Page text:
Then seeing the mood of Dominique la Fontaine shift when confronted by engineers who take her to task on the Renewable capacity factor issue to highlight that it’s always Gas and Renewables, as you, Ben, put so simply. There is conformation from a wind advocate that Gas will always be needed in a wind and solar grid.

    At the end of the Day objective facts trump FUD. As this debate showed.

    Also the hyper link is broken in the italics blurb, it has an extra “http://” stuck at the end of the address.

  3. I’ve been a huge fan of nuclear power for a long while now. I first started looking into it when I was in college, but I was mostly dismissed as a fool for thinking outside the box or because of my age. When the incident at Fukushima Daiichi happened I could only shake my head in disbelief as people around the world had knee jerk reactions to nuclear power.
    Australia is probably one of the best places in the world for nuclear power as we are largely free from natural disasters. However I would say that I do prefer the idea of Liquid Fluoride Thorium Reactors instead of more traditional reactor systems.
    I just wish people could look past their own fears and misconceptions of nuclear power, because as I see it this is our best and possibly last great hope to avert the deaths or disenfranchisement of billions that will inadvertently accompany major climate change.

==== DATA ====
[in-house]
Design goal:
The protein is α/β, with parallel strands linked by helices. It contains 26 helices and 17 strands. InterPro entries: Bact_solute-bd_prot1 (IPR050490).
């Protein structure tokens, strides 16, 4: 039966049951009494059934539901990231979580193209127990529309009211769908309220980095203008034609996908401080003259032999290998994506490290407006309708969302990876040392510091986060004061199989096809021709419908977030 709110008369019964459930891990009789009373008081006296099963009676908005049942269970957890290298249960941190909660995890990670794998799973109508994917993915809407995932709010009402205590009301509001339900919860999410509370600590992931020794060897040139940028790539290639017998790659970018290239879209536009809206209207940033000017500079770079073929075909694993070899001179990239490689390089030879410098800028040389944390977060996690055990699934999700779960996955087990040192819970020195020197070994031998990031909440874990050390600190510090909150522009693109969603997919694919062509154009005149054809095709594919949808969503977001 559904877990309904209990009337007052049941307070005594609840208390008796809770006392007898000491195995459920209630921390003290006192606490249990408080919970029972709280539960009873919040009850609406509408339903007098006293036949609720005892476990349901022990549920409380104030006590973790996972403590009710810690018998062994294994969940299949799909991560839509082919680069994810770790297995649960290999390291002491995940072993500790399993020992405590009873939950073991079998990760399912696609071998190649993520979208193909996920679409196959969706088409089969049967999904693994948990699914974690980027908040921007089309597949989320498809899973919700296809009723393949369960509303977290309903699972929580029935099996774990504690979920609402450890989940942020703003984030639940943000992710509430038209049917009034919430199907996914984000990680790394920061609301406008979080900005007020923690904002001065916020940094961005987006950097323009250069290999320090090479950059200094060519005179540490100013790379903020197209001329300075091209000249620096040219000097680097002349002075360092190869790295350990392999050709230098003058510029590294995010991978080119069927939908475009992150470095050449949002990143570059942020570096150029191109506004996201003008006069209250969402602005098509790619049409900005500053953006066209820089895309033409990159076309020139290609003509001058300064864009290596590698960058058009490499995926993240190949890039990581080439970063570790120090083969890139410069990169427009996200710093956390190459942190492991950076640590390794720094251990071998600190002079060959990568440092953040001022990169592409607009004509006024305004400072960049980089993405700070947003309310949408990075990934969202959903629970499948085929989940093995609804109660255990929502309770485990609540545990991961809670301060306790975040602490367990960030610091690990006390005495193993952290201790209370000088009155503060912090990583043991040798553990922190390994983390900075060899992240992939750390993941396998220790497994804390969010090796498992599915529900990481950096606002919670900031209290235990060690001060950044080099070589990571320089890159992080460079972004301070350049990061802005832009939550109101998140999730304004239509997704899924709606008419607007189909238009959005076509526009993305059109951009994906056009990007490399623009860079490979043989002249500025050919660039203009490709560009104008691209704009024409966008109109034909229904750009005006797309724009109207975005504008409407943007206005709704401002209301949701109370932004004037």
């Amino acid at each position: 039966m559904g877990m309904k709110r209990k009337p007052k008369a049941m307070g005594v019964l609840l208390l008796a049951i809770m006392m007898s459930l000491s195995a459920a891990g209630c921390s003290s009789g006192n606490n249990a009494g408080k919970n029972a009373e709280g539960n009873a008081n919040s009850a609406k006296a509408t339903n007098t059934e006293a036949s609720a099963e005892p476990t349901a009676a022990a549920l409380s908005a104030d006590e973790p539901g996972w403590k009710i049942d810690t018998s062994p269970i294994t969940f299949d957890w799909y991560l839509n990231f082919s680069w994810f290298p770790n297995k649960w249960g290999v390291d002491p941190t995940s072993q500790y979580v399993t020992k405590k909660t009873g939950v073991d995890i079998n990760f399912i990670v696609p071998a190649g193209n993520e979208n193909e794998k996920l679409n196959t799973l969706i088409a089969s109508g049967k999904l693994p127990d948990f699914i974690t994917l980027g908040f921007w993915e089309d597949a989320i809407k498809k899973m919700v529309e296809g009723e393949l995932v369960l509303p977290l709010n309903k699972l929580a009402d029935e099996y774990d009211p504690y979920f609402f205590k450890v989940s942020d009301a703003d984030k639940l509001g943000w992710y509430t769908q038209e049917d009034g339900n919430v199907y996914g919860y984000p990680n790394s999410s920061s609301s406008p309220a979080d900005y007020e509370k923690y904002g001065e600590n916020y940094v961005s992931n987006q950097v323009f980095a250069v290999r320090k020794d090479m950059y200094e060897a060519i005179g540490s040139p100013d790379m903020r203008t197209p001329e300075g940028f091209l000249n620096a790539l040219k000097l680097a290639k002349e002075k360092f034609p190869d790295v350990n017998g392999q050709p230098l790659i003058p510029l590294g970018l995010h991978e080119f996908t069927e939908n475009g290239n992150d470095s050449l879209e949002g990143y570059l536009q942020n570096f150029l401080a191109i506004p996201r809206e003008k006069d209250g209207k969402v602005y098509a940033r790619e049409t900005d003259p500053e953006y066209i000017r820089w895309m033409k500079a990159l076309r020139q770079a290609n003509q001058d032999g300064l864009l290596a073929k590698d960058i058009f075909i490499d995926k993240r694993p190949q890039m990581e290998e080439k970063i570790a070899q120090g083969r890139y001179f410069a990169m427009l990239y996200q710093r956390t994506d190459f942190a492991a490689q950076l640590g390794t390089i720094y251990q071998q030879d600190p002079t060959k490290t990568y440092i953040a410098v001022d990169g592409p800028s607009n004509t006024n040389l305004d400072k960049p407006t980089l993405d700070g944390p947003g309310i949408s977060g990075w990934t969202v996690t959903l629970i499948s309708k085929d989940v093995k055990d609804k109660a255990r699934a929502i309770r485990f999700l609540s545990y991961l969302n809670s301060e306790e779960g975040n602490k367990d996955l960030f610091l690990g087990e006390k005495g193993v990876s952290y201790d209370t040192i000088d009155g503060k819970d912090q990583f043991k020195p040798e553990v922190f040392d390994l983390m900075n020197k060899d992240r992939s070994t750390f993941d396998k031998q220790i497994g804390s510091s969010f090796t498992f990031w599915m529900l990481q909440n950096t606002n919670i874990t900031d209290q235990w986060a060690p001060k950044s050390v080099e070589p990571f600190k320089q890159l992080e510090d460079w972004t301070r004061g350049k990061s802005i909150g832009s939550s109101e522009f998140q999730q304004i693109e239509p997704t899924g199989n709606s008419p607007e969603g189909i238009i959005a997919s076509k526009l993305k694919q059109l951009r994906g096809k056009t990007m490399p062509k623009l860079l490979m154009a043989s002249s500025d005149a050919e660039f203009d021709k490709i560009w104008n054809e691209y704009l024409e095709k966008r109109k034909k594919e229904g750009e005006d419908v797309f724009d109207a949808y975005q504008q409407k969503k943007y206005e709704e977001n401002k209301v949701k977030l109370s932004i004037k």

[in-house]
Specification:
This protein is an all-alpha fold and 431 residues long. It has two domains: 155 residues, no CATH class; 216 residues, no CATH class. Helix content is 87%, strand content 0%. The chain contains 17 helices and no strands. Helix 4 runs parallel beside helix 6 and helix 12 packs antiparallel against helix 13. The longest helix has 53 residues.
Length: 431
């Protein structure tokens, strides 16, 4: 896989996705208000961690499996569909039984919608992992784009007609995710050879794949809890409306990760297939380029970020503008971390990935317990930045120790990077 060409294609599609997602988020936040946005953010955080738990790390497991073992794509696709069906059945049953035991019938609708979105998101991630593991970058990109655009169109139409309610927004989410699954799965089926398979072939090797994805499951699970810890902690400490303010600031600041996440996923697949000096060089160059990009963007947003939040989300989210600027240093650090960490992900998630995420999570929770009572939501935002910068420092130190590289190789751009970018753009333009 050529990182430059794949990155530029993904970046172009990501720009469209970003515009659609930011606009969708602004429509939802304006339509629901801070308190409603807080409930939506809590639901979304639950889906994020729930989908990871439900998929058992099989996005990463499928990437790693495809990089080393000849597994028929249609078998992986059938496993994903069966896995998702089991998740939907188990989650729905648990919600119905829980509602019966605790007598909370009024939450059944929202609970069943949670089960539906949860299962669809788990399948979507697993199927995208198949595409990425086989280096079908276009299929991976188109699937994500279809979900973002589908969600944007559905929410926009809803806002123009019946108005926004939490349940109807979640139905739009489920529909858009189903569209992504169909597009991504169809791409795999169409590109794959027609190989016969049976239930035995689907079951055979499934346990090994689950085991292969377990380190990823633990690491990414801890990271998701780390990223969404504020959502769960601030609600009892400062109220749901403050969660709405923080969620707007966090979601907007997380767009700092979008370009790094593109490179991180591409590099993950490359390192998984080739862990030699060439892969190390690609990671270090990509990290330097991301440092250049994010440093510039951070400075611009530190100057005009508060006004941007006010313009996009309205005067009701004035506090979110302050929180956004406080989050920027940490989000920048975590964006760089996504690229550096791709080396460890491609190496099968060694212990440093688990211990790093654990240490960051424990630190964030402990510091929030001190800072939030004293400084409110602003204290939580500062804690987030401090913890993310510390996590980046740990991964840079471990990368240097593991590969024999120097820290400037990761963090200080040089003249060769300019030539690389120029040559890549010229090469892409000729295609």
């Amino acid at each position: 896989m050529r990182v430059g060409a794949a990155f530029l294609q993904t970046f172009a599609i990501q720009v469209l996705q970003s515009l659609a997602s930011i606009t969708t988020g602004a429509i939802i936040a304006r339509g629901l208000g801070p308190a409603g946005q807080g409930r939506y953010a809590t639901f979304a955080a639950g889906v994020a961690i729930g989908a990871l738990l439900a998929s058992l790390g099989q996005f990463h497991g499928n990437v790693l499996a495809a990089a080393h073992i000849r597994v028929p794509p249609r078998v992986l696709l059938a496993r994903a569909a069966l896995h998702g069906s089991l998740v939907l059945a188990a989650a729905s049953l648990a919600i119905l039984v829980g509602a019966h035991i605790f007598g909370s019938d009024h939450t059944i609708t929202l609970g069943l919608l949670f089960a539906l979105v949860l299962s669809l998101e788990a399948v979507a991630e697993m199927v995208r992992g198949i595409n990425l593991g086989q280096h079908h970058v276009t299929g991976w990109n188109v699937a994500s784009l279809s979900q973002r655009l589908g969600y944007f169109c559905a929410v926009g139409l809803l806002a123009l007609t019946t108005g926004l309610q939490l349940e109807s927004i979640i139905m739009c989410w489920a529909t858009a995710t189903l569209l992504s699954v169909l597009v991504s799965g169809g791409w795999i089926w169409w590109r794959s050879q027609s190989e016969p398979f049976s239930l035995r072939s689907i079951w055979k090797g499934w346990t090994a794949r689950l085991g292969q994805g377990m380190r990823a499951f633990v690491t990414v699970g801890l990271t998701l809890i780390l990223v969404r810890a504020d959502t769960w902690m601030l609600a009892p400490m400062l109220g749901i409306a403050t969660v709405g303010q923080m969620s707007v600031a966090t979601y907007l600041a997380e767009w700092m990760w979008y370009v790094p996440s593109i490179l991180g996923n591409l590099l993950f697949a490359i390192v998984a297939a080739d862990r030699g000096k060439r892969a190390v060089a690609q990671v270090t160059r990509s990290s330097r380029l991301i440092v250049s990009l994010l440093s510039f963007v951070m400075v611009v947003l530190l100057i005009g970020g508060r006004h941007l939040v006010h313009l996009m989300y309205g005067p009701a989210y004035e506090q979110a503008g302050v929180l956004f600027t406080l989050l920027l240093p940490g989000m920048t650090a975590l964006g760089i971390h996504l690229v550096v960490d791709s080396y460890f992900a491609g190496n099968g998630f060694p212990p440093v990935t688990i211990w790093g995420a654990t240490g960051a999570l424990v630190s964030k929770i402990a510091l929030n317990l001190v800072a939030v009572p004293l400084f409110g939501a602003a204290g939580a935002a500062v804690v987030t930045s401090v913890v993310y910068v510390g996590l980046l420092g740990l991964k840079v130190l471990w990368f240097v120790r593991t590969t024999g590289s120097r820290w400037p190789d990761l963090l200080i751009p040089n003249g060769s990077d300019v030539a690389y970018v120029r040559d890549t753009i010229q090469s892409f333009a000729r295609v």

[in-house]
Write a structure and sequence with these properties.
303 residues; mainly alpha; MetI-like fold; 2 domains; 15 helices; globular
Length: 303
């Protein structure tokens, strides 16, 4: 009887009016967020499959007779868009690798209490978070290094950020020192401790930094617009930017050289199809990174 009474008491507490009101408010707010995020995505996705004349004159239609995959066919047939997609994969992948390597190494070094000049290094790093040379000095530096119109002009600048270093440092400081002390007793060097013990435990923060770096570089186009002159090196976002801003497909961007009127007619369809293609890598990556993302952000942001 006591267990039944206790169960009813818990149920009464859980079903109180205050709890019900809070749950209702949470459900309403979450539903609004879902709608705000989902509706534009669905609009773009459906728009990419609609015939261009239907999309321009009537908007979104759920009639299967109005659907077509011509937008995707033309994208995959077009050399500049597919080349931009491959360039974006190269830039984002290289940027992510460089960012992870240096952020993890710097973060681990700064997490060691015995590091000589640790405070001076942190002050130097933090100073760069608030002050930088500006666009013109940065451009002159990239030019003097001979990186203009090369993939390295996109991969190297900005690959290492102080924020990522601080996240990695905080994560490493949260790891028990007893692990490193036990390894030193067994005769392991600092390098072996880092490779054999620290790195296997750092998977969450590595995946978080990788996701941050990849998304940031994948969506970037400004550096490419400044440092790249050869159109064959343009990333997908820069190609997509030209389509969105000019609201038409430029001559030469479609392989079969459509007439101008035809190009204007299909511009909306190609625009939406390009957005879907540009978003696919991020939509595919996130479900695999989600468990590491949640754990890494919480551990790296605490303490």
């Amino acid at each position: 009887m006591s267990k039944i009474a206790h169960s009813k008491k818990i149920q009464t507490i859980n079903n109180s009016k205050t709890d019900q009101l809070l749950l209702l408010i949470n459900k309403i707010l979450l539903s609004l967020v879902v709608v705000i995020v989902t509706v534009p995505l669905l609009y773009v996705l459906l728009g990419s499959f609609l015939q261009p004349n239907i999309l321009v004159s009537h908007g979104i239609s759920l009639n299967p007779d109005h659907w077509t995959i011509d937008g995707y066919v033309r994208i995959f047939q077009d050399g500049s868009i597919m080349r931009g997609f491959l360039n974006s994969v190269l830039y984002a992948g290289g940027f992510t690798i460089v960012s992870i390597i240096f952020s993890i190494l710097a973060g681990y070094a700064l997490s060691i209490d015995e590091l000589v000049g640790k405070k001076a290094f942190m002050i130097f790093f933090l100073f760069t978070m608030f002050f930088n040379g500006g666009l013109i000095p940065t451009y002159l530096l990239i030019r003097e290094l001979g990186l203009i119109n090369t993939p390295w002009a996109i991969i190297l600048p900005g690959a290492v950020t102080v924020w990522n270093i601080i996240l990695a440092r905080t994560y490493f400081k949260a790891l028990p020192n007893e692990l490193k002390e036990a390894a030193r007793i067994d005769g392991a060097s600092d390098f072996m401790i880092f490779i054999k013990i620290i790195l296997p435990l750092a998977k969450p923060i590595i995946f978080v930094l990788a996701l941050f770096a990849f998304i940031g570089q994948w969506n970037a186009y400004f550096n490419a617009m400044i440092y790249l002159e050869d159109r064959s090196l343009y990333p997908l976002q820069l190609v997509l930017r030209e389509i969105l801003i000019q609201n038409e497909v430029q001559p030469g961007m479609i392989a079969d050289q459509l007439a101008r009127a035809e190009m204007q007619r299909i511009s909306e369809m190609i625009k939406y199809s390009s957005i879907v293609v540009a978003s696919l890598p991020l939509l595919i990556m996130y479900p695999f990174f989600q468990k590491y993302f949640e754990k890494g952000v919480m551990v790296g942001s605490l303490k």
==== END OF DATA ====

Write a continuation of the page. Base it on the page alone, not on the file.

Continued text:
1. I just wish people could look past their own fears and misconceptions of nuclear power, because as I see it this is our best and possibly last great hope to avert the deaths or disenfranchisement of billions that will inadvertently accompany major climate change.

      I’m grateful for that comment Ted. We are of one mind there.

  4. Well, after all the discussion about the seriousness of climate change and the urgency of the problem I have to say my jaw hit the ground when Ms “clean energy” Dominique la Fontaine said, quite plainly, that she would rather face the risks of gas than face the risks of nuclear power.

    Risks of gas – continued climate change entailing a global ecological and humanitarian disaster (not to mention the 103 severe, fatal, localised accidents that have occurred in the OECD over the last 35 years).

    Risks of nuclear power – Tiny risk of non-fatal, localised accident (coupled with vastly increased possibility of climate stabilisation).

    For anyone who queries the risks, see page 14 for accident comparisons: